Some through the waters, some through the flood,
Some through the fire, but all through the blood;
Some through great sorrow, but God gives a song,
In the night season and all the day long.

Finally, dawn began to break, and the water began to subside, revealing the family vehicle under their feet. It had remained all night caught in the tree, completely submerged.

Suddenly, from inside the vehicle, a voice…

It was JoAnn, their ten-year-old daughter.

She had spent the night alongside her brothers, submerged in the Scout.

For a while, all three children had been able to breathe and talk due to a small air pocket in the back of the Scout. Soon, however, the older brother had stopped talking, and then the younger, leaving JoAnn alone.

She spent the night like that… underwater… between two dead brothers. She didn’t know if anyone in her family had survived. She didn’t know if she would survive.

All night.

I can’t imagine.

On the morning of June 10, 1972, when JoAnn saw her daddy’s face and realized she wasn’t alone in the world, she said these words: “Daddy, God wants me to be a missionary.”

“Honey, He surely must,” her daddy replied. “He surely must.”

As I read this story and listened to an interview with Ron and LaVonne Masters, I was reminded once again that God can be trusted. He can take the worst of circumstances and use them for our good and His glory.

There is so much more to this story.

There is more to my story.

There is more to my family’s story.

I want to keep writing, but blog posts are supposed to be short.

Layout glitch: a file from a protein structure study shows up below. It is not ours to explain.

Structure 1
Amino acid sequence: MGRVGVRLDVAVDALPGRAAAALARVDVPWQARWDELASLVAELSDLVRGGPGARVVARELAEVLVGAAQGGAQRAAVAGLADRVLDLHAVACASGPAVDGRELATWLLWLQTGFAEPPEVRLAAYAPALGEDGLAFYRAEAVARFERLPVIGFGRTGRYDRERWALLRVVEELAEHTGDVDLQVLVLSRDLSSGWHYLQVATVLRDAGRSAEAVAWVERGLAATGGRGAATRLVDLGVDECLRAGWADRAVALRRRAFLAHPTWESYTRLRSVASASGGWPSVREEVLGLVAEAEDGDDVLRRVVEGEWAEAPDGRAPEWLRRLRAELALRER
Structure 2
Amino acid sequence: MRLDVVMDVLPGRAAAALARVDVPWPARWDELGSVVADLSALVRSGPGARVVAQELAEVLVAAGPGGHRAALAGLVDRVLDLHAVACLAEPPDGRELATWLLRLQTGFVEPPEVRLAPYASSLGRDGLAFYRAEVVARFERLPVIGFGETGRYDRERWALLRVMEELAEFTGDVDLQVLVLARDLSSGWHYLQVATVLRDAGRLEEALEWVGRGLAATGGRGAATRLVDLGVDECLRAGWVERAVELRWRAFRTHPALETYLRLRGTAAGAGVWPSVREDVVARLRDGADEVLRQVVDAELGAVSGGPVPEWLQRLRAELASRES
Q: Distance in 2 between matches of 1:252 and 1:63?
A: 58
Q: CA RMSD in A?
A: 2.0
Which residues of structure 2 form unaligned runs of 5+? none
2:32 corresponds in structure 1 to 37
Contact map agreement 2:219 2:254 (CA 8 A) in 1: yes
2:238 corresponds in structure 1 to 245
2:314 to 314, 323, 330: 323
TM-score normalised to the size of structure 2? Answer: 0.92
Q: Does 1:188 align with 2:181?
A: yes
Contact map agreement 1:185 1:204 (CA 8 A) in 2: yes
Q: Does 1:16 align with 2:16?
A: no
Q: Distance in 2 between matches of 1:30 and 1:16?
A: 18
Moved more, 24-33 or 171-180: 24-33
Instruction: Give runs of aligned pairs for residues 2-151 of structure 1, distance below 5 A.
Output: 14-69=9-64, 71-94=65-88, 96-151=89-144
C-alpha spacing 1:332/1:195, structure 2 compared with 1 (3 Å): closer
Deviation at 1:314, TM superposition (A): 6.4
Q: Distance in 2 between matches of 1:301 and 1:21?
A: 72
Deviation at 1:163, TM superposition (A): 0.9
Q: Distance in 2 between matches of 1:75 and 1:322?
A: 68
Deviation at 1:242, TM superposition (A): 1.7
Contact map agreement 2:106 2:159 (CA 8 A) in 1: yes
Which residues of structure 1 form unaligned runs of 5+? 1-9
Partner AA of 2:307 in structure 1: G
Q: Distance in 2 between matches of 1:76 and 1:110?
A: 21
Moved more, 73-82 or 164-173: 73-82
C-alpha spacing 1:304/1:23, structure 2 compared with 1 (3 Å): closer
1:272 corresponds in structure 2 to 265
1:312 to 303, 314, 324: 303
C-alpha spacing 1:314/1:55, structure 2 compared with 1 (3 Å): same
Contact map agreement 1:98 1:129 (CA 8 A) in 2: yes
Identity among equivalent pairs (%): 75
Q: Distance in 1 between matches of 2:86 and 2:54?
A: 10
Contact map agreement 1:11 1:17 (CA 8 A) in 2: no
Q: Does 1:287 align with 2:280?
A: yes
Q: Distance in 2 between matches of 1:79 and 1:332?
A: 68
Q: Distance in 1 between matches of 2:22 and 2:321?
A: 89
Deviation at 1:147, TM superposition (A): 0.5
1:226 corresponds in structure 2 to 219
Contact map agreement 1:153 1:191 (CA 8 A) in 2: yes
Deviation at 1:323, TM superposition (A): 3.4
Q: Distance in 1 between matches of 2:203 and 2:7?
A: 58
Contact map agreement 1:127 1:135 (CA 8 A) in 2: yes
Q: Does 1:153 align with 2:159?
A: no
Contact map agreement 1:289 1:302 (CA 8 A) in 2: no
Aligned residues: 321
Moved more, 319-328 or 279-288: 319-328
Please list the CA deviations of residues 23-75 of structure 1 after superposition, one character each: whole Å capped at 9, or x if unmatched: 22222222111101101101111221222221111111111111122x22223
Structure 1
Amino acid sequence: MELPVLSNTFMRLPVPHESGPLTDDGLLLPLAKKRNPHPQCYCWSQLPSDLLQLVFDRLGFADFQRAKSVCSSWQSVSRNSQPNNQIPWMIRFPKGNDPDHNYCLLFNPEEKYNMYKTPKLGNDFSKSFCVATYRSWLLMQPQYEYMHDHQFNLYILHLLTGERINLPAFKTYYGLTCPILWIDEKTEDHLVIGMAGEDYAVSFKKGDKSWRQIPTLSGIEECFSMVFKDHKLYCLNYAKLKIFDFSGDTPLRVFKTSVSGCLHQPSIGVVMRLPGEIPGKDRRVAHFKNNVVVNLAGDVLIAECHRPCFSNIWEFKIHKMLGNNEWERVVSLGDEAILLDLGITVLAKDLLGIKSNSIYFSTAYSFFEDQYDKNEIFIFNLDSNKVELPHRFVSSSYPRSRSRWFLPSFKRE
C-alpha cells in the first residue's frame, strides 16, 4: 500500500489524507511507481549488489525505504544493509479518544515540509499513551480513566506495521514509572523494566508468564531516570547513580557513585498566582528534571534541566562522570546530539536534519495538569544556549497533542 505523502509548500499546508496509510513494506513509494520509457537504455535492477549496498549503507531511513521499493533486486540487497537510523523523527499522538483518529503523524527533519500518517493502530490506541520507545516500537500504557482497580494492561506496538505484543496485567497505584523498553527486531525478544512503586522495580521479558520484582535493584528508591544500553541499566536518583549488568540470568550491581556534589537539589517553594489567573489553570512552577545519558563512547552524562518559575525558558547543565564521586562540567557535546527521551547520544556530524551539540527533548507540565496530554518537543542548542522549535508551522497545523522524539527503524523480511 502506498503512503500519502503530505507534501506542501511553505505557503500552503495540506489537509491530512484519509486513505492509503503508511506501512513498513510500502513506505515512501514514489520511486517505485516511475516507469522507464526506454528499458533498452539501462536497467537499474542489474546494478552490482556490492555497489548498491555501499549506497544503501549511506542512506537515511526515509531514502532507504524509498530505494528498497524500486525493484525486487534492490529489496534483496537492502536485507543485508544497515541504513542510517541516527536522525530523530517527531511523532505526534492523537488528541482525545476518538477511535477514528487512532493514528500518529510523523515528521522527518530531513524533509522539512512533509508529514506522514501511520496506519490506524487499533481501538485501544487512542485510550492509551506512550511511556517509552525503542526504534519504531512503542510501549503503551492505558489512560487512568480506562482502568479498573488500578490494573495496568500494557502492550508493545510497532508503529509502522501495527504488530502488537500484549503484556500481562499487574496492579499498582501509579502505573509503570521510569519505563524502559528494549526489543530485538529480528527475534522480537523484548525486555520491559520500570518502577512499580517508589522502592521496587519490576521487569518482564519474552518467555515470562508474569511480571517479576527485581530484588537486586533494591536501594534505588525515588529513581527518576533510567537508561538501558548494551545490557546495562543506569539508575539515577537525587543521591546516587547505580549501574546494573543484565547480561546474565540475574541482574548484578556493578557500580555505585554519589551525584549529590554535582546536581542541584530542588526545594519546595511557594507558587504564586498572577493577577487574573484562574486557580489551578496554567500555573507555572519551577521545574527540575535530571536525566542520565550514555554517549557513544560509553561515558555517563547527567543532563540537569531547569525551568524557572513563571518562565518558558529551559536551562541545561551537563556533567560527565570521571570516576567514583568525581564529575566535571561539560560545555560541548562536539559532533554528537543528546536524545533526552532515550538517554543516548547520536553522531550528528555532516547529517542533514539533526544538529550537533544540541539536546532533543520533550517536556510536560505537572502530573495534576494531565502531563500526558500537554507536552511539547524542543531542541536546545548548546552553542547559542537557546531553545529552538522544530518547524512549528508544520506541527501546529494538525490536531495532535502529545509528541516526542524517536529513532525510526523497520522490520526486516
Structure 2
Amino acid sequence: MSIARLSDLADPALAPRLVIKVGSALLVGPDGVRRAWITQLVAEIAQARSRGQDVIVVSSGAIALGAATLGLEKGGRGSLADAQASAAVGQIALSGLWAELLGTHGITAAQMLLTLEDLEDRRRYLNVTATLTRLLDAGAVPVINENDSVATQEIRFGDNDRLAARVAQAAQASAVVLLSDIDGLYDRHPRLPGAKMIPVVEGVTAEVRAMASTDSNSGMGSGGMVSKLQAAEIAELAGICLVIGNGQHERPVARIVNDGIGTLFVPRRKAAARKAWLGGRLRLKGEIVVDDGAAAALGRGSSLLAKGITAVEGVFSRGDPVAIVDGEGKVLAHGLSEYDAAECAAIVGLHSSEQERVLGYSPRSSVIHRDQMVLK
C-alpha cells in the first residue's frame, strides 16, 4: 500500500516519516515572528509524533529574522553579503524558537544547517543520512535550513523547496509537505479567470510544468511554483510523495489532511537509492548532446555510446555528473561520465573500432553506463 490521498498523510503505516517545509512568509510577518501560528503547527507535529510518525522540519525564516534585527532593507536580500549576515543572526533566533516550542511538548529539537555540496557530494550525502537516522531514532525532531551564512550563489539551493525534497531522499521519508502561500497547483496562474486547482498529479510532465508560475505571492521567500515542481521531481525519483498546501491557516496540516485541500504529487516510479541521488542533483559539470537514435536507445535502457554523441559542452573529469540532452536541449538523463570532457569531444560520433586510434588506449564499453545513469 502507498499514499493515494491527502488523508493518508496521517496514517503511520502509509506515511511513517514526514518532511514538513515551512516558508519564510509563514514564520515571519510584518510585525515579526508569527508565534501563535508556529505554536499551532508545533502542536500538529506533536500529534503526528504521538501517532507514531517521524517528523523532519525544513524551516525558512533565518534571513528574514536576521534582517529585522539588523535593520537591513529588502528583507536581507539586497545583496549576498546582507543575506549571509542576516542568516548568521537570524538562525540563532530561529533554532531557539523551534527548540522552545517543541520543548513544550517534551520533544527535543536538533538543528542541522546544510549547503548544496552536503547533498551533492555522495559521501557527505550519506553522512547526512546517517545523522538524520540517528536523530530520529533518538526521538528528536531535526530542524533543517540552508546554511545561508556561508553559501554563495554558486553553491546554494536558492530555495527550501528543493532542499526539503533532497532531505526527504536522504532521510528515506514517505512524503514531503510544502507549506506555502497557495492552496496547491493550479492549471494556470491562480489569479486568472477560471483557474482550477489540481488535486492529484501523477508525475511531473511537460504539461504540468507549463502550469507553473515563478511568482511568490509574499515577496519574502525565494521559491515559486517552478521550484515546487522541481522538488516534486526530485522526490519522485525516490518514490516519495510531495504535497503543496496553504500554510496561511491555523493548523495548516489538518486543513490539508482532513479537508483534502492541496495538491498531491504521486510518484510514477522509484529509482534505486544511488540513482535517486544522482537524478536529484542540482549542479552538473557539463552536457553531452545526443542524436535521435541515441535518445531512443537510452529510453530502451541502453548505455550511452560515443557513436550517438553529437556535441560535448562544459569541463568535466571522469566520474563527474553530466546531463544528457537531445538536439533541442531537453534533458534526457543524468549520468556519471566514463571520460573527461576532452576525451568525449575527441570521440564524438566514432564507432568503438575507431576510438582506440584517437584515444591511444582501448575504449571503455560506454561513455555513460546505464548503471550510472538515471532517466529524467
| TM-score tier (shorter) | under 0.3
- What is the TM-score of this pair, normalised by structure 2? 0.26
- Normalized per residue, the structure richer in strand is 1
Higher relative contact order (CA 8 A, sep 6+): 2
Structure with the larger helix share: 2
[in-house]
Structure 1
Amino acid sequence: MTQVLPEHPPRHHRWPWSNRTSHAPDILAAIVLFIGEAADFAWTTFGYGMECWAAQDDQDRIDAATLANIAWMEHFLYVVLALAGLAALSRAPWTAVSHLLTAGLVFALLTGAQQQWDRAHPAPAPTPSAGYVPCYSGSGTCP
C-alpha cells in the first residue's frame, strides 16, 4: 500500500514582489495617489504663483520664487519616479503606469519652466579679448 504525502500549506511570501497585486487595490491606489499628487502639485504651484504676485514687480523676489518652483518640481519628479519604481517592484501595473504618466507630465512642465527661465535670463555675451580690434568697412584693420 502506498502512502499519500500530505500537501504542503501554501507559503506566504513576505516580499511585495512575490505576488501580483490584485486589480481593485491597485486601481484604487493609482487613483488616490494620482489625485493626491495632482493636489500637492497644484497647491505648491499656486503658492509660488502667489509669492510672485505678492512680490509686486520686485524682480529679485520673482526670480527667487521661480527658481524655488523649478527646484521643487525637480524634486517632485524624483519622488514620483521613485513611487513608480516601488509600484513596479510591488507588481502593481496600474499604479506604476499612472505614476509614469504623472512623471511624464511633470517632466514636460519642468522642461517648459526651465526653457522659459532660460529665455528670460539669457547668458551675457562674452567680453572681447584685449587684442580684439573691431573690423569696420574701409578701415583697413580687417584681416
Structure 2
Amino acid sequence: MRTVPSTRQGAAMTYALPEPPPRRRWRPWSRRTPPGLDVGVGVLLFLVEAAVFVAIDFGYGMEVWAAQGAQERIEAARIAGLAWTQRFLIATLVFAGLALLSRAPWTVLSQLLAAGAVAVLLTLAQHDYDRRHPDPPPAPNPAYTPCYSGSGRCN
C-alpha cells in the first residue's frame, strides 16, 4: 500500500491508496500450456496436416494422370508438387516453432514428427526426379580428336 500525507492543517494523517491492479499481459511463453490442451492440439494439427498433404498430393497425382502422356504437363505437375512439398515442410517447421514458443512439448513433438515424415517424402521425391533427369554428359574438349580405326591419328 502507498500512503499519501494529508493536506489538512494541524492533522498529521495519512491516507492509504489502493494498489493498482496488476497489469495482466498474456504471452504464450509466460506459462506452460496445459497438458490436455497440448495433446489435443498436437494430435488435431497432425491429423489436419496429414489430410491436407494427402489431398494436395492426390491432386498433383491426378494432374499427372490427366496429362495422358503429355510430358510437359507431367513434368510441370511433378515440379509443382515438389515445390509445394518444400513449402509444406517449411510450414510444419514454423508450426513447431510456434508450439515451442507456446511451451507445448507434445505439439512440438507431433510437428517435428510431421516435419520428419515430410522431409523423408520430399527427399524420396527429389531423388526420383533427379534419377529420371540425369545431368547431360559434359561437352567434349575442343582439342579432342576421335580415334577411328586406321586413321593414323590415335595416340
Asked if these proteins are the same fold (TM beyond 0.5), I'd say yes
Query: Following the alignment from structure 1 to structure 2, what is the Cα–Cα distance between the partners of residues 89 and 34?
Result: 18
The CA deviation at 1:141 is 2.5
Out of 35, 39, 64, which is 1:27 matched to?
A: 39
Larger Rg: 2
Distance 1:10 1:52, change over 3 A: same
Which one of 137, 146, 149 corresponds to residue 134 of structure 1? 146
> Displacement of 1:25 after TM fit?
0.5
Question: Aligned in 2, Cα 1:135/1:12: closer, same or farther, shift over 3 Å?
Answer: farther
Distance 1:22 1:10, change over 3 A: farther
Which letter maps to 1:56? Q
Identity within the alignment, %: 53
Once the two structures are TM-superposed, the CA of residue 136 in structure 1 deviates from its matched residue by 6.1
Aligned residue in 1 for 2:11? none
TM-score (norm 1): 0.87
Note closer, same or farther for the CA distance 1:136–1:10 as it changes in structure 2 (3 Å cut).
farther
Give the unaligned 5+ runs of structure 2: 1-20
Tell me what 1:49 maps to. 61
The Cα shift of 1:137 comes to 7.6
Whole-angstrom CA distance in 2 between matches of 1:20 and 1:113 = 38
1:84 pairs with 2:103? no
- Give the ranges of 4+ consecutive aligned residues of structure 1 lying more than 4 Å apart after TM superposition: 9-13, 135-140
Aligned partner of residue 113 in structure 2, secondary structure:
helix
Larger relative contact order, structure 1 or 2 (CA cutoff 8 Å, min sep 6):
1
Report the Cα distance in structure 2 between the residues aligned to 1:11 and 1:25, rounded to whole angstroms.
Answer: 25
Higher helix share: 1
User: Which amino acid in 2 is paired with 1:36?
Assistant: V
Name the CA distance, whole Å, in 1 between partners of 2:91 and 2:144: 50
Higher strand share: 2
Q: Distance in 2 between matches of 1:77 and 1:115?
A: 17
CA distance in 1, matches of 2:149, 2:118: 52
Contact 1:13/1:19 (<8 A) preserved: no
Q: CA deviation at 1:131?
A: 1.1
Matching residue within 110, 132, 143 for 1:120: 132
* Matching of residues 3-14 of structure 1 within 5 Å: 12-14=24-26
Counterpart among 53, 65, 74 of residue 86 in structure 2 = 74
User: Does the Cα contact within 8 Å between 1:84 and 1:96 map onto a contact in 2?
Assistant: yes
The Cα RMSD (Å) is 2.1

So I’ll stop.

For now.

God’s still working.

We can trust Him.

More to follow…

Note: You can read the whole story in Ron and LaVonne Masters’ book Some through the Flood, available on The interview can be seen on the Rapid City Public Library’s web site.





Letting It Go

“Be still, and know that I am God” (Psalm 46:10).

My mind was racing… spinning… out of control. That was my problem–I had no control. No control over anything. Not anymore. (As if I ever did!)

Seriously, I should have seen this coming. My entire life has been a series of divinely appointed detours. In fact, decades ago I discovered a verse that has come to mind many times since:

“Consider the work of God: for who can make that straight, which he hath made crooked?” (Ecclesiastes 7:13)

Still, as I walked that crooked path, I could see God’s hand in it. I could sense His presence and rejoice in what He was accomplishing.

But now…


I see problems that I desperately want to fix. So, of course, I try to fix them! That’s when they get worse. I make them worse.

But that’s okay… God doesn’t want me to fix everything. He wants me to trust Him.

A few weeks ago I was sitting on the couch, pouring my heart out to God, when a familiar verse popped into my head:

“Be still, and know that I am God” (Psalm 46:10).

That verse had been a comfort to me many times over the years, but on this particular occasion, I found myself curious about something.

What did He mean by “be still”? Did He simply mean to be silent? I walked over to my bookshelf, pulled out my trusty Young’s Analytical Concordance to the Bible, and looked it up. Right smack in the middle of several Hebrew and Greek words that are all translated as still was the little Hebrew word raphah. It is translated still in only one verse: Psalm 46:10.

Raphah:  To cause to fall, let go


Let it go!


I have never been so struck by the meaning of a word.

What could I do? I dropped it. I caused it to fall. I let it go.

So what’s next?

“Be still….. and know that I am God.

It’s time to let go… and let God work.